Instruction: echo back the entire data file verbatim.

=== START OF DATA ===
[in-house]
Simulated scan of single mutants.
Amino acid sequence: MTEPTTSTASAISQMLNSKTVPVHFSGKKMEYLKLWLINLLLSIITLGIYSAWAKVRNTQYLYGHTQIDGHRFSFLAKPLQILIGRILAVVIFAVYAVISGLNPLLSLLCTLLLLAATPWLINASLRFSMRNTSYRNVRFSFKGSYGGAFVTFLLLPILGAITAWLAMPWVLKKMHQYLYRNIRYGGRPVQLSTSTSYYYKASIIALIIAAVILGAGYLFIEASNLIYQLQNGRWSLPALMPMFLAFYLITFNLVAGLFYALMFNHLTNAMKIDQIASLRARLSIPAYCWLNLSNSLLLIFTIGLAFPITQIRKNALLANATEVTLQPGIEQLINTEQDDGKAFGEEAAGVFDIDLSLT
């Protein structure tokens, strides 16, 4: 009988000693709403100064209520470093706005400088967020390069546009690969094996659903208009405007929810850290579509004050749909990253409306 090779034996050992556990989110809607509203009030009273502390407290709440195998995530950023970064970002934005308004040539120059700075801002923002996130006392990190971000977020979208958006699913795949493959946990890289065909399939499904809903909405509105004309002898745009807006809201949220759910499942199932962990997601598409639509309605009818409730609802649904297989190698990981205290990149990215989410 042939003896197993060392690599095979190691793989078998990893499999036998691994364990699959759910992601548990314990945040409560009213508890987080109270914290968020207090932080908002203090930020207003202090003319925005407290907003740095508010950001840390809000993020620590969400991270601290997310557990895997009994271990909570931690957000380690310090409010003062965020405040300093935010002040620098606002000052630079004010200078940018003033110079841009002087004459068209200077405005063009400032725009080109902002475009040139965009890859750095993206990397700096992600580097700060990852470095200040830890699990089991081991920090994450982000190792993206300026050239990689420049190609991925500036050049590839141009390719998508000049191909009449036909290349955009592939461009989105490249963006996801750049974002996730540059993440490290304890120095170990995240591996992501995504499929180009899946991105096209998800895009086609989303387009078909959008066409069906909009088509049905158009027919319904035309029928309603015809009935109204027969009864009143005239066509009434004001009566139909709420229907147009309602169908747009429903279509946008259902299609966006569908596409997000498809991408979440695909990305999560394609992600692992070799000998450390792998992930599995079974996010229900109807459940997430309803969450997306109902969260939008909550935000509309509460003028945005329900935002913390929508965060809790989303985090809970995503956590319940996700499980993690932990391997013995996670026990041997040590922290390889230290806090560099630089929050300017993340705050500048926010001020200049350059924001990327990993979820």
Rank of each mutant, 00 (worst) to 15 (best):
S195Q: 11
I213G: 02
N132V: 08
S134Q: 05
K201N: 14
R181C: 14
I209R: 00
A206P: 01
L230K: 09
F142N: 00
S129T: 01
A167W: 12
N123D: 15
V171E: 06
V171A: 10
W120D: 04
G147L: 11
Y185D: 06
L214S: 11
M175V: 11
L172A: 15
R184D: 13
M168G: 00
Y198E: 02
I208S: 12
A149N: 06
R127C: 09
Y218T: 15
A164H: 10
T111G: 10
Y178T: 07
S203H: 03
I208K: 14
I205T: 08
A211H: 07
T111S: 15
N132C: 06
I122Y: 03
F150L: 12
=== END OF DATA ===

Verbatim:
[in-house]
Simulated scan of single mutants.
Amino acid sequence: MTEPTTSTASAISQMLNSKTVPVHFSGKKMEYLKLWLINLLLSIITLGIYSAWAKVRNTQYLYGHTQIDGHRFSFLAKPLQILIGRILAVVIFAVYAVISGLNPLLSLLCTLLLLAATPWLINASLRFSMRNTSYRNVRFSFKGSYGGAFVTFLLLPILGAITAWLAMPWVLKKMHQYLYRNIRYGGRPVQLSTSTSYYYKASIIALIIAAVILGAGYLFIEASNLIYQLQNGRWSLPALMPMFLAFYLITFNLVAGLFYALMFNHLTNAMKIDQIASLRARLSIPAYCWLNLSNSLLLIFTIGLAFPITQIRKNALLANATEVTLQPGIEQLINTEQDDGKAFGEEAAGVFDIDLSLT
């Protein structure tokens, strides 16, 4: 009988000693709403100064209520470093706005400088967020390069546009690969094996659903208009405007929810850290579509004050749909990253409306 090779034996050992556990989110809607509203009030009273502390407290709440195998995530950023970064970002934005308004040539120059700075801002923002996130006392990190971000977020979208958006699913795949493959946990890289065909399939499904809903909405509105004309002898745009807006809201949220759910499942199932962990997601598409639509309605009818409730609802649904297989190698990981205290990149990215989410 042939003896197993060392690599095979190691793989078998990893499999036998691994364990699959759910992601548990314990945040409560009213508890987080109270914290968020207090932080908002203090930020207003202090003319925005407290907003740095508010950001840390809000993020620590969400991270601290997310557990895997009994271990909570931690957000380690310090409010003062965020405040300093935010002040620098606002000052630079004010200078940018003033110079841009002087004459068209200077405005063009400032725009080109902002475009040139965009890859750095993206990397700096992600580097700060990852470095200040830890699990089991081991920090994450982000190792993206300026050239990689420049190609991925500036050049590839141009390719998508000049191909009449036909290349955009592939461009989105490249963006996801750049974002996730540059993440490290304890120095170990995240591996992501995504499929180009899946991105096209998800895009086609989303387009078909959008066409069906909009088509049905158009027919319904035309029928309603015809009935109204027969009864009143005239066509009434004001009566139909709420229907147009309602169908747009429903279509946008259902299609966006569908596409997000498809991408979440695909990305999560394609992600692992070799000998450390792998992930599995079974996010229900109807459940997430309803969450997306109902969260939008909550935000509309509460003028945005329900935002913390929508965060809790989303985090809970995503956590319940996700499980993690932990391997013995996670026990041997040590922290390889230290806090560099630089929050300017993340705050500048926010001020200049350059924001990327990993979820």
Rank of each mutant, 00 (worst) to 15 (best):
S195Q: 11
I213G: 02
N132V: 08
S134Q: 05
K201N: 14
R181C: 14
I209R: 00
A206P: 01
L230K: 09
F142N: 00
S129T: 01
A167W: 12
N123D: 15
V171E: 06
V171A: 10
W120D: 04
G147L: 11
Y185D: 06
L214S: 11
M175V: 11
L172A: 15
R184D: 13
M168G: 00
Y198E: 02
I208S: 12
A149N: 06
R127C: 09
Y218T: 15
A164H: 10
T111G: 10
Y178T: 07
S203H: 03
I208K: 14
I205T: 08
A211H: 07
T111S: 15
N132C: 06
I122Y: 03
F150L: 12